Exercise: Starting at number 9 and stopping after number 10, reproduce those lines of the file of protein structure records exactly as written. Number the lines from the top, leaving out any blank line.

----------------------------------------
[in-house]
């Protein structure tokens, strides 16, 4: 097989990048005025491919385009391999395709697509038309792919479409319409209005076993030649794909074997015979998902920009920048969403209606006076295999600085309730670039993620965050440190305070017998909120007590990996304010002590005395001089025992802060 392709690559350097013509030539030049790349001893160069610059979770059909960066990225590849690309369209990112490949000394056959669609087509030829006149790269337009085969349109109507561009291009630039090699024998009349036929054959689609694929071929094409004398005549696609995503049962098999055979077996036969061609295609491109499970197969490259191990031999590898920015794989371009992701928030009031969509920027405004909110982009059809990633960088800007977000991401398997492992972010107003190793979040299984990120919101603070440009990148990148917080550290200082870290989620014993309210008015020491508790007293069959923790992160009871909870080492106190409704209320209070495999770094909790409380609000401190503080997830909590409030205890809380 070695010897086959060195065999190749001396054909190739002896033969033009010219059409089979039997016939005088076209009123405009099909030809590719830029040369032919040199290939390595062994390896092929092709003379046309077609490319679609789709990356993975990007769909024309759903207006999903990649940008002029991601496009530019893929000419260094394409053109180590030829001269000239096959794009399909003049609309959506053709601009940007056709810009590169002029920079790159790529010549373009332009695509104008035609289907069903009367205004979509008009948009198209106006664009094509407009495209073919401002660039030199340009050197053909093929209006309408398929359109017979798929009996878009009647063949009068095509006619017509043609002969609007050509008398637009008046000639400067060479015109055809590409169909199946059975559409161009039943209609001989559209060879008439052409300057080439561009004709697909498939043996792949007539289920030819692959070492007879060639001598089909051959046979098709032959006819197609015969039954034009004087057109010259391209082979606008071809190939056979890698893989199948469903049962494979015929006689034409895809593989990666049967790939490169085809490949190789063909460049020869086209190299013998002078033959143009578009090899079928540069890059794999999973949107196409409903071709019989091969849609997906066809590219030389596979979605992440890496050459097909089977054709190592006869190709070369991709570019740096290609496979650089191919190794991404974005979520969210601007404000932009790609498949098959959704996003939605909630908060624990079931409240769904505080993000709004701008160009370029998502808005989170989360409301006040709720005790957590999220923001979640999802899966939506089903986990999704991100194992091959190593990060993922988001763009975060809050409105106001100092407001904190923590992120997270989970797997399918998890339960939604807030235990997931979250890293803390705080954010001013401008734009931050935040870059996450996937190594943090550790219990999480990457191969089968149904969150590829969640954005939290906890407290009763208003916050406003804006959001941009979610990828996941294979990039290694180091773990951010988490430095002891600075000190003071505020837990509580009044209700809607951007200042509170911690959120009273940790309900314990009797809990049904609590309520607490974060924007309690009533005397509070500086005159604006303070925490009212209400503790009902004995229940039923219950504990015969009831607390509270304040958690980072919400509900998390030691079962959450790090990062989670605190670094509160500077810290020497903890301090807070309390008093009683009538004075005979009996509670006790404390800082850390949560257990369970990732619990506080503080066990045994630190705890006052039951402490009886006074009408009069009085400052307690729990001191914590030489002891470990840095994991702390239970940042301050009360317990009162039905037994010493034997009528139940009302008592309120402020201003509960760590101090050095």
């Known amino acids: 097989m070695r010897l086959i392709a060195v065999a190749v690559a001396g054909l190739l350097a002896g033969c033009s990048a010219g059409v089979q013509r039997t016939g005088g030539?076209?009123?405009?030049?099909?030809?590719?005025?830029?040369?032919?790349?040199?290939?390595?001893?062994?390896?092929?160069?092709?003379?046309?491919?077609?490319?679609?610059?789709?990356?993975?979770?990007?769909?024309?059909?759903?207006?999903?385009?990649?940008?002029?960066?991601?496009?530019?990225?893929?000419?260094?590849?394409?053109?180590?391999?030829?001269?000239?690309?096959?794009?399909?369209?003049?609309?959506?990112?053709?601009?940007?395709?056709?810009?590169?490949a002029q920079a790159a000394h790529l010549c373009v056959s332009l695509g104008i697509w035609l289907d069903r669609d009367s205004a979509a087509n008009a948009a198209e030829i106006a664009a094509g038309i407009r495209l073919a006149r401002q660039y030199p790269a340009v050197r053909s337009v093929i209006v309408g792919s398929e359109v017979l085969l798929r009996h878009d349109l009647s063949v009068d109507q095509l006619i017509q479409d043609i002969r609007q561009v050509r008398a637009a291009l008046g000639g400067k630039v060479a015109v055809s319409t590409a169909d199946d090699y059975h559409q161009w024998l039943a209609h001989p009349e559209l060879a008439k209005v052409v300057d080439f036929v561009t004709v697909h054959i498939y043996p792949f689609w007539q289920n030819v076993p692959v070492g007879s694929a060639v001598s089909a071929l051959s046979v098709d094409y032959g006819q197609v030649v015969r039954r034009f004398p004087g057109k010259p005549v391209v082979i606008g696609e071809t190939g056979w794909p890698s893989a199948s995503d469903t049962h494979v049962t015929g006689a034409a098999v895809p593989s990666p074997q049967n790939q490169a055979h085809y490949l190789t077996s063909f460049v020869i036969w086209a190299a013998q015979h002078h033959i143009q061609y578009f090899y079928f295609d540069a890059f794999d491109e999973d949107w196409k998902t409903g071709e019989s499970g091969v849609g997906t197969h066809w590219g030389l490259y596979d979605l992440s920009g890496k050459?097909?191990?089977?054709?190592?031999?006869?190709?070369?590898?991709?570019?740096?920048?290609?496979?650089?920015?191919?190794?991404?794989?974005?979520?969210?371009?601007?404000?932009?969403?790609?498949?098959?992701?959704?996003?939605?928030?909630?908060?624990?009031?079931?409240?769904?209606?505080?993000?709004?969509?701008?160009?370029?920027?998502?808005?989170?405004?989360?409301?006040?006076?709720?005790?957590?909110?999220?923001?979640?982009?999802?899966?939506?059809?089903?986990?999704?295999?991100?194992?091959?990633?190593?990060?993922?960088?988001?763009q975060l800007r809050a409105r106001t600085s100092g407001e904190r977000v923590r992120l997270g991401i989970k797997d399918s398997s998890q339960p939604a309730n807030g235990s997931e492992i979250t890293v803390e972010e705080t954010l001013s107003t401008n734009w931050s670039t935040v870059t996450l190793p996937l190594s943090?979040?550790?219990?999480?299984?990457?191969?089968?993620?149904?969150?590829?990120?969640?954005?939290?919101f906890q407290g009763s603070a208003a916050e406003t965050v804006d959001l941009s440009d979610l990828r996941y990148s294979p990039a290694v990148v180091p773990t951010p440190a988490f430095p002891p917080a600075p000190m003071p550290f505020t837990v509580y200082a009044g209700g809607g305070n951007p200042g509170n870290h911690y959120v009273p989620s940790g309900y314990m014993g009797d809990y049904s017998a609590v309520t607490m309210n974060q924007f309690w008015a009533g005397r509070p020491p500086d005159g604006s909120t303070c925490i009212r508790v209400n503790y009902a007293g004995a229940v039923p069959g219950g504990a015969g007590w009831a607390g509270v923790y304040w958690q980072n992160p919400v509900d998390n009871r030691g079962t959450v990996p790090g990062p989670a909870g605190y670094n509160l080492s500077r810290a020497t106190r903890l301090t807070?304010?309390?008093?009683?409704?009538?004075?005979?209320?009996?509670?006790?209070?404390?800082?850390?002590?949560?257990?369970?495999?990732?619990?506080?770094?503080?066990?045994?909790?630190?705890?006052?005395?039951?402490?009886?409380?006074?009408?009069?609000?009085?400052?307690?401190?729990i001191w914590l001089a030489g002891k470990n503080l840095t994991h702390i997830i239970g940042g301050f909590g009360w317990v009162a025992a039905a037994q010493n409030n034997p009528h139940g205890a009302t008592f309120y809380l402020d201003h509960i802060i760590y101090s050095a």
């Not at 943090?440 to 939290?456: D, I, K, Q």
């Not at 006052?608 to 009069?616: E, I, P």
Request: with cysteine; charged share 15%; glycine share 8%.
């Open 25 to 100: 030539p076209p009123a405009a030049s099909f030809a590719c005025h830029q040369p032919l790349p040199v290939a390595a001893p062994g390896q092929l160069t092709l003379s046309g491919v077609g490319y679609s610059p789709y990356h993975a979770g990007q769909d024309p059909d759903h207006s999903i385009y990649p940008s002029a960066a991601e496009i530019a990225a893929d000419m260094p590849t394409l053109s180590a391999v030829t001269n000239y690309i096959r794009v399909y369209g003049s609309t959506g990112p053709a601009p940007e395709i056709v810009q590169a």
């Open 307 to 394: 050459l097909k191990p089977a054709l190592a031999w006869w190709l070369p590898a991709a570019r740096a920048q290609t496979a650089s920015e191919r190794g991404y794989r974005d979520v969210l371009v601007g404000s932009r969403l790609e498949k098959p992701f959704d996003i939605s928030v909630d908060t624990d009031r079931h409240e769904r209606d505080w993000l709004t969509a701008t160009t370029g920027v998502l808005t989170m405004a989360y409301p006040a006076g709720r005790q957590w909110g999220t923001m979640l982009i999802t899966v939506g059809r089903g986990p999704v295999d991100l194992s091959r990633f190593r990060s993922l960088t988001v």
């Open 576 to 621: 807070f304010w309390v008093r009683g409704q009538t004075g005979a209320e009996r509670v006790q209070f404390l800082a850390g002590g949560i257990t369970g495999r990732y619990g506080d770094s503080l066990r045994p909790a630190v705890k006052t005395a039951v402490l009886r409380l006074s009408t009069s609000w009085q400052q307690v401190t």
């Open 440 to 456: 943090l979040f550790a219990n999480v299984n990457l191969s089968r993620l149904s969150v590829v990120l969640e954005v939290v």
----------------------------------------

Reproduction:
């Open 576 to 621: 807070f304010w309390v008093r009683g409704q009538t004075g005979a209320e009996r509670v006790q209070f404390l800082a850390g002590g949560i257990t369970g495999r990732y619990g506080d770094s503080l066990r045994p909790a630190v705890k006052t005395a039951v402490l009886r409380l006074s009408t009069s609000w009085q400052q307690v401190t």
């Open 440 to 456: 943090l979040f550790a219990n999480v299984n990457l191969s089968r993620l149904s969150v590829v990120l969640e954005v939290v």